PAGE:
The legendary writer talks about what it’s like seeing your characters on screen — big and small.

For the complete DENNY O’NEIL INTERVIEWS INDEX of stories, click here.


You don’t get a hit show like Arrow without Denny O’Neil and Neal Adams paving the way.

Before the pair revamped the character in the early ’70s, Oliver Queen was a bore. Lousy costume, no personality. His sidekick Speedy was more interesting when he showed up in the Teen Titans.

Even Jack Kirby couldn't make him cool.

Even Jack Kirby couldn’t make him cool.

But then came the so-called “socially relevant” Adams-O’Neil Green Lantern/Green Arrow comics that dealt with drug abuse, overpopulation, the environment and corruption and like a boxing-glove arrow to the face, Ollie became hip and cool.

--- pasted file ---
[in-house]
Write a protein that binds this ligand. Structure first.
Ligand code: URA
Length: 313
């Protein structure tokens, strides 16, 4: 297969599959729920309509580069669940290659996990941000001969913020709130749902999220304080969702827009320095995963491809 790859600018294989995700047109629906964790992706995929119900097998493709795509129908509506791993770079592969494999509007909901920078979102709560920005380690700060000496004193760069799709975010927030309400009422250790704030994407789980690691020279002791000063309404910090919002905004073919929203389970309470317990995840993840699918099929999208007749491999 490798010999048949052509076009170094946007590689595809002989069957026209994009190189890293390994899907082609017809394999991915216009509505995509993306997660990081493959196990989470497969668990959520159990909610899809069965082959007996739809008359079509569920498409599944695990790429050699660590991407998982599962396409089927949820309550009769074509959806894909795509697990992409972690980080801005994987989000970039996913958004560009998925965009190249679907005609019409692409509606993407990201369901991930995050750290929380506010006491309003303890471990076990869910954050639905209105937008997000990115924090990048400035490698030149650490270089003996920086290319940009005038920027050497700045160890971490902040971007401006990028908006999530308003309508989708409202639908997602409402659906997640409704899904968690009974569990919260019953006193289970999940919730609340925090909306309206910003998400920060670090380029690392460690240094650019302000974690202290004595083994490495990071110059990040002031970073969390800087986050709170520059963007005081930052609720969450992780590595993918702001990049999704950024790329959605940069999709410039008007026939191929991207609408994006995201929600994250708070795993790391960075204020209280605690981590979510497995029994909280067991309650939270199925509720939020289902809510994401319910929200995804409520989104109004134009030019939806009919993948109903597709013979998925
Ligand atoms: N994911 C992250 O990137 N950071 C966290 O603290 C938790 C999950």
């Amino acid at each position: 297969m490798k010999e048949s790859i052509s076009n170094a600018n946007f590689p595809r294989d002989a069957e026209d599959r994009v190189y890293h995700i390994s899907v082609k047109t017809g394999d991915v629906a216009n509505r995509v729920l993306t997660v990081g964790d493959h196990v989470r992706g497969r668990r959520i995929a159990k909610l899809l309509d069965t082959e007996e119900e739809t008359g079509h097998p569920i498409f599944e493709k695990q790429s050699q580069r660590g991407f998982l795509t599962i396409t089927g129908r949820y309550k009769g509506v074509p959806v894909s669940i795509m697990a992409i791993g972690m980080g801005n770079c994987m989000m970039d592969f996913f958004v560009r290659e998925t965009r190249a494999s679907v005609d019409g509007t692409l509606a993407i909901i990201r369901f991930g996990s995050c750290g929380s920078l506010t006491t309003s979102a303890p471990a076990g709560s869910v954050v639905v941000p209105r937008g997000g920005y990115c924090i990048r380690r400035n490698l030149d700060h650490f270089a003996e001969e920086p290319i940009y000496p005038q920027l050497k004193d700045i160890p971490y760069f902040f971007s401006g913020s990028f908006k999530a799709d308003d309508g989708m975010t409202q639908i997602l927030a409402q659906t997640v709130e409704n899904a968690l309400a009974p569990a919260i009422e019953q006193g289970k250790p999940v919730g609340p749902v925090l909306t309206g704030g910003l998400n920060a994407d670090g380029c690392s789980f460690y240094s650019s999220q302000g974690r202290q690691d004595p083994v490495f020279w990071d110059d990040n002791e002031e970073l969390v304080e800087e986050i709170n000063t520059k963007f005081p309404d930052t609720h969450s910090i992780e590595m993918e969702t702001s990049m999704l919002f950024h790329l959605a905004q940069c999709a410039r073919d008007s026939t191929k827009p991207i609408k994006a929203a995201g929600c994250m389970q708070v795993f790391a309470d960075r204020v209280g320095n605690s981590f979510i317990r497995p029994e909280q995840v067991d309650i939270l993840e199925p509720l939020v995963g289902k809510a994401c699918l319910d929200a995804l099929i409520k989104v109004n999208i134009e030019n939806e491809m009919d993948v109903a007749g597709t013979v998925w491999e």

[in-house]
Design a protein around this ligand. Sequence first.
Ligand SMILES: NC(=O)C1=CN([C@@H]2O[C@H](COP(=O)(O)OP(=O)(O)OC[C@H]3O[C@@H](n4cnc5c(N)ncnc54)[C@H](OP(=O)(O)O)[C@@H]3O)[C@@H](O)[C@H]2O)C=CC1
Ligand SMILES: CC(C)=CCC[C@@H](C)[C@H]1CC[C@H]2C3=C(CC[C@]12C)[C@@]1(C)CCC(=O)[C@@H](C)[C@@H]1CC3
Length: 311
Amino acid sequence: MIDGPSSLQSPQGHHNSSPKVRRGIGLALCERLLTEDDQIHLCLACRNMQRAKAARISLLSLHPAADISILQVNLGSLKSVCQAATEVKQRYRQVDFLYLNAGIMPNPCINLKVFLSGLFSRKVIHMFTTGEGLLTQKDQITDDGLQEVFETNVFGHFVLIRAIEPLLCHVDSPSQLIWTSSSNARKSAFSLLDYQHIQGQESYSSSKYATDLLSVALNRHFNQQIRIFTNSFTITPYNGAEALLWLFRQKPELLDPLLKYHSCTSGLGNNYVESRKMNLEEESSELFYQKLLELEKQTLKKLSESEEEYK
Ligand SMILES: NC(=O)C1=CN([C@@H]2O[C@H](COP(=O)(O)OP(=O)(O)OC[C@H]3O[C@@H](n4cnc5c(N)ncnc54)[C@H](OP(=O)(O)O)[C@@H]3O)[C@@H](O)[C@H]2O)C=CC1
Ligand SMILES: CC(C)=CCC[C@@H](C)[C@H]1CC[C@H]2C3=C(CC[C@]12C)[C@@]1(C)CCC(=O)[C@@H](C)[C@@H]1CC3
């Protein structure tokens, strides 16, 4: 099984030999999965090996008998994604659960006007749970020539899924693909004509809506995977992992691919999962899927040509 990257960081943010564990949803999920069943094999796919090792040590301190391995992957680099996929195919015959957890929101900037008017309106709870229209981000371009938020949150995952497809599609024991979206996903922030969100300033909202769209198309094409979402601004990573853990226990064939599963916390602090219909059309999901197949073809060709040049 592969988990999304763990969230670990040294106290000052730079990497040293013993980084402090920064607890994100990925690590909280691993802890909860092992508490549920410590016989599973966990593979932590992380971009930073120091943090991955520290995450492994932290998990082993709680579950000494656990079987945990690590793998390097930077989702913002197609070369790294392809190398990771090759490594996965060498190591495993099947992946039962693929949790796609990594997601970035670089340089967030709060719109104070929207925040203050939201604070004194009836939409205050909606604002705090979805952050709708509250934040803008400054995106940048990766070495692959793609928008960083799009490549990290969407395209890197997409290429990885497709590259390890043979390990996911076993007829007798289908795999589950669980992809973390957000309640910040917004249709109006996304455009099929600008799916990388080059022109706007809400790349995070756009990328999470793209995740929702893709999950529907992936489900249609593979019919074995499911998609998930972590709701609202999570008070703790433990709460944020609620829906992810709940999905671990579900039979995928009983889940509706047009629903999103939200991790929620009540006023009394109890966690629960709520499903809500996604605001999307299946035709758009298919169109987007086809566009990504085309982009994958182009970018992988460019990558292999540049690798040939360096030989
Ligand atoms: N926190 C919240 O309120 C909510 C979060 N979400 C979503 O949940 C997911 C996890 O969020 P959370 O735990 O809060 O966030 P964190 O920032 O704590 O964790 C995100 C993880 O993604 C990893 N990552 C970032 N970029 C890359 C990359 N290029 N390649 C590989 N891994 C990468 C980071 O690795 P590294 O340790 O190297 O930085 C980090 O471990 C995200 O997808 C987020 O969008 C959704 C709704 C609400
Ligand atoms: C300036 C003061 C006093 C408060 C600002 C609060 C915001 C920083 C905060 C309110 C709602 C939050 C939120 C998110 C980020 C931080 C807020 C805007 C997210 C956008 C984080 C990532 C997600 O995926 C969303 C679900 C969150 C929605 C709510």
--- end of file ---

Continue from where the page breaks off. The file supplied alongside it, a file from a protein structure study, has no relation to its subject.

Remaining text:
Green Lantern, you have failed this country …

Four decades later and Arrow  — which has its Season 3 premiere on 10/8, at 8 ET/ 7 CT — is not only one of comicdom’s best TV shows, it’s made a star of Stephen Amell and is one of the CW network’s top shows. Its success also led to The Flash, which premieres 10/7, as well as Fox‘s Gotham.

So when I interviewed Denny O’Neil recently for what became this series of interviews, I asked about what it’s like to see characters he created or popularized on the screen, whether it be Arrow or Christopher Nolan’s Dark Knight Trilogy (or even Iron Man‘s Obadiah Stane).

Don’t forget, it was O’Neil who co-created Ra’s al Ghul and the League of Assassins, both of which loom large in the Batfilms and on Arrow.

I showed Denny this cover of Detective Comics #405, which introduced the League, and things took off from there.